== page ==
Typhoid Intestinal Perforations: Twenty-six Year Experience
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Typhoid fever (TF) is a severe febrile illness caused by Salmonella typhi. One of the most lethal complications of TF is ileal perforation (TIP). Although the mortality of associated with TIP has decreased slightly over the past decade, it is still high.
Methods and Results
The records of the 82 surgically treated patients with TIP were evaluated retrospectively. There were 64 men with the mean age of 36.3 years (range: 7–68 years). In surgical treatment, debridement with primary closure was performed in 32 patients (39.0%), and wedge resection with primary closure was performed in 9 (11. 0%), resection with primary anastomosis in 9 (11.0%), and resection with ileostomy in 32 (39.0%). The most common postoperative complication was wound infection, which occurred in 24 patients (29.3%). The overall morbidity was highest in the ileostomy group. The overall mortality was 11.0% (9 patients). Age, gender, number, and localization of the perforations (p > 0.05) were not found to affect mortality, but prolonged preoperative period (p < 0.001), extended peritoneal contamination (p < 0.01), and ileostomy procedure (p < 0.001) were found to influence the increase in mortality.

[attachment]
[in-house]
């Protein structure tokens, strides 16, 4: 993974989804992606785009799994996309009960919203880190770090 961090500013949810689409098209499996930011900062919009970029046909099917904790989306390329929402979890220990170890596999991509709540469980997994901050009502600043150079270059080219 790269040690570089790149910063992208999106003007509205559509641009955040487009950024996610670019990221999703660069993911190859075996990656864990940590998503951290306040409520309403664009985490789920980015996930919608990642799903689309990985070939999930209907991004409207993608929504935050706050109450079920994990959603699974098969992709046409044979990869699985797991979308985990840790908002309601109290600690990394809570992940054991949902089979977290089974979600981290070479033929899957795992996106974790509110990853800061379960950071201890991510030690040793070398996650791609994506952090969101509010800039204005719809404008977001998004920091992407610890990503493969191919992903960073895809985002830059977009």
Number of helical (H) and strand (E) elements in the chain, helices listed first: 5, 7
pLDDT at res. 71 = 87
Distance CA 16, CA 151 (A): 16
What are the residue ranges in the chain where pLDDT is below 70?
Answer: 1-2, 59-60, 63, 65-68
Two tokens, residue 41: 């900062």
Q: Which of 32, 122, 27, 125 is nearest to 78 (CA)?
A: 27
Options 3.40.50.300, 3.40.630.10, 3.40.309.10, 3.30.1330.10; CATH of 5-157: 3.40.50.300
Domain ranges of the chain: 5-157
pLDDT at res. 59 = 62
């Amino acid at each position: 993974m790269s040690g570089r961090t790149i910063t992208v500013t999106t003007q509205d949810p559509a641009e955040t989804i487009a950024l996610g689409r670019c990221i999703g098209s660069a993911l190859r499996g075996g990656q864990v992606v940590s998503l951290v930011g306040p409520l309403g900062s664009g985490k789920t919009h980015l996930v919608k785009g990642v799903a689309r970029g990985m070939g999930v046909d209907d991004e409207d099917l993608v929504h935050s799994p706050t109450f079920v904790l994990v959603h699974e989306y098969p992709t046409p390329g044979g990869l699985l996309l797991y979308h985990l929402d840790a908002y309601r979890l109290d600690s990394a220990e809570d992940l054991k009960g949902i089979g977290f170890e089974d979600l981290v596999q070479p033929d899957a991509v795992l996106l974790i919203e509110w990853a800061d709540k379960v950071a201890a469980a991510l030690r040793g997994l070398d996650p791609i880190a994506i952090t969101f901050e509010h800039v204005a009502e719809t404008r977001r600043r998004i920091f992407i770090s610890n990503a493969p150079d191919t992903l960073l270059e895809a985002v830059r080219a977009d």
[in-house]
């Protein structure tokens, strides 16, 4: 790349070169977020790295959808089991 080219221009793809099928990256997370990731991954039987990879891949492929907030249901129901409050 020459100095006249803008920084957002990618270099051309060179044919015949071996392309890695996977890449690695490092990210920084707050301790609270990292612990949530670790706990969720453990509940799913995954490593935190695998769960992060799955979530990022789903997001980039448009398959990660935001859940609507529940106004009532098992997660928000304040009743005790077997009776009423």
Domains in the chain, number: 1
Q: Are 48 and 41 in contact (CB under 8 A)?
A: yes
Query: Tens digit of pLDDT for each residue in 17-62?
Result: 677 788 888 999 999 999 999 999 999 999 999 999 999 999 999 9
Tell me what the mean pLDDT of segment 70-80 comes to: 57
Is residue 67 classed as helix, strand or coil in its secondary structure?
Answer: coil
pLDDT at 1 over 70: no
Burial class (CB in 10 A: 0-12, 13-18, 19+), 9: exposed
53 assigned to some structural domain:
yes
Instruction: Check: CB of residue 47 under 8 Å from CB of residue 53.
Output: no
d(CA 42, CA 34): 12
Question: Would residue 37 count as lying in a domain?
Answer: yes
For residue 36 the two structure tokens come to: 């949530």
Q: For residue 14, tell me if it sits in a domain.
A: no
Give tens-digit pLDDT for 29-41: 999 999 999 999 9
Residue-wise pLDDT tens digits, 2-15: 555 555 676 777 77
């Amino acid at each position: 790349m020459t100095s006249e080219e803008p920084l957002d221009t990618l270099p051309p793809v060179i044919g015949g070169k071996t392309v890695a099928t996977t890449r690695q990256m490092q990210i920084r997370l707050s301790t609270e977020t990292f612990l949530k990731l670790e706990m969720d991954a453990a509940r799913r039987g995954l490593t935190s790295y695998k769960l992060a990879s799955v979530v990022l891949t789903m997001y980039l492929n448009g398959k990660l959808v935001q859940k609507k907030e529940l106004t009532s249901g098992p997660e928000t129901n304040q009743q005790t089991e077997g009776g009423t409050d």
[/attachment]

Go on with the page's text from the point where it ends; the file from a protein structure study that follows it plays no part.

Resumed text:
Early and appropriate surgical intervention with effective preoperative and postoperative care may improve survival in TIP.
KeywordsTyphoid Fever Primary Closure Primary Anastomosis Ileocecal Valve Fecal Fistula
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